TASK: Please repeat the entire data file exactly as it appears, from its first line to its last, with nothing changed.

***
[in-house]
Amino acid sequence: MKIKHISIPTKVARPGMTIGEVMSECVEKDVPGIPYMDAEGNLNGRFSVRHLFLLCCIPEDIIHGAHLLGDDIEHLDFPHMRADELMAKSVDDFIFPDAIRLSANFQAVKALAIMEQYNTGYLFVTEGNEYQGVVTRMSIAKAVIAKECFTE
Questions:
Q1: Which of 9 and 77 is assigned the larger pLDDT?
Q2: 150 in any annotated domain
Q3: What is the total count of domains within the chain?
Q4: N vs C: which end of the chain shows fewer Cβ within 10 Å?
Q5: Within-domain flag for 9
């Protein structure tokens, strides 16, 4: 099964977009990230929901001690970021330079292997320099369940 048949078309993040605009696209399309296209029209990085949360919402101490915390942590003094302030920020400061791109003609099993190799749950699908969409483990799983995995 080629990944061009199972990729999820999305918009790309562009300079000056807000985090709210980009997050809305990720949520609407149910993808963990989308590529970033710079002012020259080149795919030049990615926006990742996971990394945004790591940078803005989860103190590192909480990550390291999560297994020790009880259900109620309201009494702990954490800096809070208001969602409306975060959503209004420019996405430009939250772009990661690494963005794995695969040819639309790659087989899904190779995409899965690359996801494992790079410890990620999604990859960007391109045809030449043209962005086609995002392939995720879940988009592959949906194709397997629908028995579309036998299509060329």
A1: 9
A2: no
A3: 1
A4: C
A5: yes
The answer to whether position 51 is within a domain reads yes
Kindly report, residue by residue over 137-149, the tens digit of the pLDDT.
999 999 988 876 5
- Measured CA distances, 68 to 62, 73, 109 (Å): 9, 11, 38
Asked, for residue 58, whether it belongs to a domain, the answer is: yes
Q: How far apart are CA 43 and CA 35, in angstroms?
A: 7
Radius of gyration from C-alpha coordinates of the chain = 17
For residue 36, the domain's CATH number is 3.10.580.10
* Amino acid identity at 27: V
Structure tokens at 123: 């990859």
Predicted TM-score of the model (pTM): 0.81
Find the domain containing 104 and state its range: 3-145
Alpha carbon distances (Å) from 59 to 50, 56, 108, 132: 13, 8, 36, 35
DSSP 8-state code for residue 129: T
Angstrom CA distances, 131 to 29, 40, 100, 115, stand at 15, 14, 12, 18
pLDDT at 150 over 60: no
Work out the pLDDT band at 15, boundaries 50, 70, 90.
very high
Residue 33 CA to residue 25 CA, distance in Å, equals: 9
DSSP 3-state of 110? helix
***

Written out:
[in-house]
Amino acid sequence: MKIKHISIPTKVARPGMTIGEVMSECVEKDVPGIPYMDAEGNLNGRFSVRHLFLLCCIPEDIIHGAHLLGDDIEHLDFPHMRADELMAKSVDDFIFPDAIRLSANFQAVKALAIMEQYNTGYLFVTEGNEYQGVVTRMSIAKAVIAKECFTE
Questions:
Q1: Which of 9 and 77 is assigned the larger pLDDT?
Q2: 150 in any annotated domain
Q3: What is the total count of domains within the chain?
Q4: N vs C: which end of the chain shows fewer Cβ within 10 Å?
Q5: Within-domain flag for 9
């Protein structure tokens, strides 16, 4: 099964977009990230929901001690970021330079292997320099369940 048949078309993040605009696209399309296209029209990085949360919402101490915390942590003094302030920020400061791109003609099993190799749950699908969409483990799983995995 080629990944061009199972990729999820999305918009790309562009300079000056807000985090709210980009997050809305990720949520609407149910993808963990989308590529970033710079002012020259080149795919030049990615926006990742996971990394945004790591940078803005989860103190590192909480990550390291999560297994020790009880259900109620309201009494702990954490800096809070208001969602409306975060959503209004420019996405430009939250772009990661690494963005794995695969040819639309790659087989899904190779995409899965690359996801494992790079410890990620999604990859960007391109045809030449043209962005086609995002392939995720879940988009592959949906194709397997629908028995579309036998299509060329």
A1: 9
A2: no
A3: 1
A4: C
A5: yes
The answer to whether position 51 is within a domain reads yes
Kindly report, residue by residue over 137-149, the tens digit of the pLDDT.
999 999 988 876 5
- Measured CA distances, 68 to 62, 73, 109 (Å): 9, 11, 38
Asked, for residue 58, whether it belongs to a domain, the answer is: yes
Q: How far apart are CA 43 and CA 35, in angstroms?
A: 7
Radius of gyration from C-alpha coordinates of the chain = 17
For residue 36, the domain's CATH number is 3.10.580.10
* Amino acid identity at 27: V
Structure tokens at 123: 């990859």
Predicted TM-score of the model (pTM): 0.81
Find the domain containing 104 and state its range: 3-145
Alpha carbon distances (Å) from 59 to 50, 56, 108, 132: 13, 8, 36, 35
DSSP 8-state code for residue 129: T
Angstrom CA distances, 131 to 29, 40, 100, 115, stand at 15, 14, 12, 18
pLDDT at 150 over 60: no
Work out the pLDDT band at 15, boundaries 50, 70, 90.
very high
Residue 33 CA to residue 25 CA, distance in Å, equals: 9
DSSP 3-state of 110? helix